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Most hunters today are focused on what might be called fast-twist centerfire rifle cartridges—essentially new takes on older cartridges, designed with high ballistic coefficient bullets in mind. This is driven by the desire for hunters to shoot at animals at ridiculously long distances. However, there’s still a breed of hunter out there who thinks hunting should be done with your feet instead of feet per second. They admire easy-carrying, fast-handling, traditional, lever-action rifles. Sadly, there aren’t a lot of lever gun cartridges to choose from anymore.
The first successful lever-action rifle chambered for a centerfire cartridge was the Winchester 1873 in 44-40 Winchester. Since then, traditional lever guns have been chambered for the 25-20, 32-20, 38-40, 33, 348, and 38-55 Winchester cartridges, plus the 32 Winchester Special. The list also includes revolver cartridges like the 38 Special, 357 Magnum, 44 Magnum, 45 Colt, and 454 Casull. As well as the more modern 30-30, 307, 356, and 375 Winchester, the 308 and 338 Marlin Express, and let’s not forget the fantastic 7×30 Waters. There was also a plethora of black-powder lever-gun cartridges similar to the 45/70. Now there are only about five left standing that have any real support from ammunition or firearms manufacturers.
The Last Lever-Action Cartridges Left Standing
At one time the 30-30 Winchester was the most popular lever-gun cartridge. Nowadays, many modern hunters relegate it for use in a starter gun, thinking it hardly suitable for whitetail deer. The truth is, every big game animal in North America has been taken with a 30-30. In his early days in Africa, professional hunter Walley Johnson used a 30-30 to take several African lions. The cartridge has been around so long ammunition manufacturers have absolutely perfected the loads for it. At 100 yards, Remington’s 150-grain Core-Lokt load is a stellar performer, penetrating about two feet in 10 percent ordnance gelatin, with the bullet upsetting with a frontal diameter of more than a half-inch.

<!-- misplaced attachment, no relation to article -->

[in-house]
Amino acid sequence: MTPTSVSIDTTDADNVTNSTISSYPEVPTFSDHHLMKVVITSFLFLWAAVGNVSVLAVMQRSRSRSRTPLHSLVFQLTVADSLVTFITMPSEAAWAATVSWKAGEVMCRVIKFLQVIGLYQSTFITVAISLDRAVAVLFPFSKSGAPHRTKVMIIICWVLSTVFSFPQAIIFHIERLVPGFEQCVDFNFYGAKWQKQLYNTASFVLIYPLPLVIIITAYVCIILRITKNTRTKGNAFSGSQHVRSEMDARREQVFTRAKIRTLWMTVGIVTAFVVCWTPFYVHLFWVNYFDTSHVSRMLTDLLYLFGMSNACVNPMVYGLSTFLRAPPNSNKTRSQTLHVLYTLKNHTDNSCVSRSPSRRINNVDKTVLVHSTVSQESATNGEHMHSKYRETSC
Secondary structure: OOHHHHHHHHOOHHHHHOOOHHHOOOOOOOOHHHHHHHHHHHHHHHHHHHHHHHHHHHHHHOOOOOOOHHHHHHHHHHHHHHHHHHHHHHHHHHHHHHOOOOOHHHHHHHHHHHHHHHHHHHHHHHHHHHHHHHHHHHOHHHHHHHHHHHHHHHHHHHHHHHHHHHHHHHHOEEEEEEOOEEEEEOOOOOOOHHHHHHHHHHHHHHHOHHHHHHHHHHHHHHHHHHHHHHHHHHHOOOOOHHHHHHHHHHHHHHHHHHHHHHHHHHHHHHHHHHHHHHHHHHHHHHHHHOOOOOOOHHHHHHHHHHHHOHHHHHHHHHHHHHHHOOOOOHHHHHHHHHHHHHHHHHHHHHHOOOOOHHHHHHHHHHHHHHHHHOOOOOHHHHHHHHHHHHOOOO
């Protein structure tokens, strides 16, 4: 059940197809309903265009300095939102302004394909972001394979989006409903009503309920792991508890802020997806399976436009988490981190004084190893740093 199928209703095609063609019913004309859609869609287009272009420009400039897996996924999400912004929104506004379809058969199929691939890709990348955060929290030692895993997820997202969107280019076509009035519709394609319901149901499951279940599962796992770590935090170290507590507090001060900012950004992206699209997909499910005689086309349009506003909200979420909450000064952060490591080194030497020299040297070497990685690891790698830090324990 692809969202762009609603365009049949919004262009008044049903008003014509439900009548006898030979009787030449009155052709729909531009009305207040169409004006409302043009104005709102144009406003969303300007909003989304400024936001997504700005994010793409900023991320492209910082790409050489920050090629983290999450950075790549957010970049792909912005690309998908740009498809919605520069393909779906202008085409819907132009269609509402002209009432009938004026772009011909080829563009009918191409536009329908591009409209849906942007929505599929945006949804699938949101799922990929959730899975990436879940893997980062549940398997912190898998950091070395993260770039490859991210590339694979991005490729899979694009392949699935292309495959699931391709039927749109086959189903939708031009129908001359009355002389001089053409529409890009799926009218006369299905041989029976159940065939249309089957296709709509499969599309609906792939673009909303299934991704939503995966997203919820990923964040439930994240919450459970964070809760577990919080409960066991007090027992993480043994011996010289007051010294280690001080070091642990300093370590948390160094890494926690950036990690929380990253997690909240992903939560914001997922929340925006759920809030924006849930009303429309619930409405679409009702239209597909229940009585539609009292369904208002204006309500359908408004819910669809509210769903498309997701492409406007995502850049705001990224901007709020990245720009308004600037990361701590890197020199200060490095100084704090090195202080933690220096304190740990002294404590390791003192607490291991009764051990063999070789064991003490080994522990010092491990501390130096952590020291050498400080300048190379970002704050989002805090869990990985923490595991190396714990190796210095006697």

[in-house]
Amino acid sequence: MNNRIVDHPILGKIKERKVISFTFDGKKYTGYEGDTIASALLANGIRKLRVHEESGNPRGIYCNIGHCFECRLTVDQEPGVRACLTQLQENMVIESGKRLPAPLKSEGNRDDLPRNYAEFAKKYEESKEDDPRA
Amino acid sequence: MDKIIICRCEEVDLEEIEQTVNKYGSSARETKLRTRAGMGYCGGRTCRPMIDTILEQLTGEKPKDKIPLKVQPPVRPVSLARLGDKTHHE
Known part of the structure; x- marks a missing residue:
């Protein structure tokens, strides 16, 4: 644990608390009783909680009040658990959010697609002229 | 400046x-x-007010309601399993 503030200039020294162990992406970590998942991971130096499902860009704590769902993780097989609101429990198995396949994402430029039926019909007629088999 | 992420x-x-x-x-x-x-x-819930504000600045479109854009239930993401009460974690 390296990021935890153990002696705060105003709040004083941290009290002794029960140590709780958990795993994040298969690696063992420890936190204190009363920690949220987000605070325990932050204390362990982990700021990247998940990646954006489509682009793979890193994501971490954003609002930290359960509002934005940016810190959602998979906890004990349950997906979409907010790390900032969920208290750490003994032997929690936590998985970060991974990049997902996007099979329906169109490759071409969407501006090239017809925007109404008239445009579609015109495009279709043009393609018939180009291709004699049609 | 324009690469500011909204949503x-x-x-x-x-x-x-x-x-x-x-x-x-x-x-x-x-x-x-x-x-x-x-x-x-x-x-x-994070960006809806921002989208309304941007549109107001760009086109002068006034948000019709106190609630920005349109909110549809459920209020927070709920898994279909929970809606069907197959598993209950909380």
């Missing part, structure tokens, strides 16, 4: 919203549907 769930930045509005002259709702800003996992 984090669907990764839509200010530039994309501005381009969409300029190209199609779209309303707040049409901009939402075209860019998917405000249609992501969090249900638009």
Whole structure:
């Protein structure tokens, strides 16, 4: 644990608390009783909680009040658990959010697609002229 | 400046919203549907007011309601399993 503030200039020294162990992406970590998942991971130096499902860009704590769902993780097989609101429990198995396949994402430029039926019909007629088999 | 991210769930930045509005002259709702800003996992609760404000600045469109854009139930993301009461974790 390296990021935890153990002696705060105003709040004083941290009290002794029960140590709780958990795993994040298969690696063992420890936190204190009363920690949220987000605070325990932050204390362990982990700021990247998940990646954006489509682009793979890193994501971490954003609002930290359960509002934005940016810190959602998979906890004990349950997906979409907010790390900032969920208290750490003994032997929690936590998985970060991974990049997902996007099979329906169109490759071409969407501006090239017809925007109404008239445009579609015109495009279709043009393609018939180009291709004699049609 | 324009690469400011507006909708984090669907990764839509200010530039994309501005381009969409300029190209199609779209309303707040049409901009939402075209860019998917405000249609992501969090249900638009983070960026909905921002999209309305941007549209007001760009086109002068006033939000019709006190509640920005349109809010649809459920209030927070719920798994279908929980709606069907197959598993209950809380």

I’ve done a good bit of hunting with the 30-30 Winchester, using it for hogs and deer, and I even took one to Africa. Marlin just announced it will soon return their famous Model 336 to production, Henry offers nine 30-30 rifles, and Winchester has five 30-30 lever guns, including a very nice Deluxe Sporting Rifle retailing for more than two grand. Beyond that, the used market is flooded with them, and there are nearly 40 factory loads offered. The 30-30 Winchester is the eternal carbine cartridge. I believe it’s the one rifle every American should own.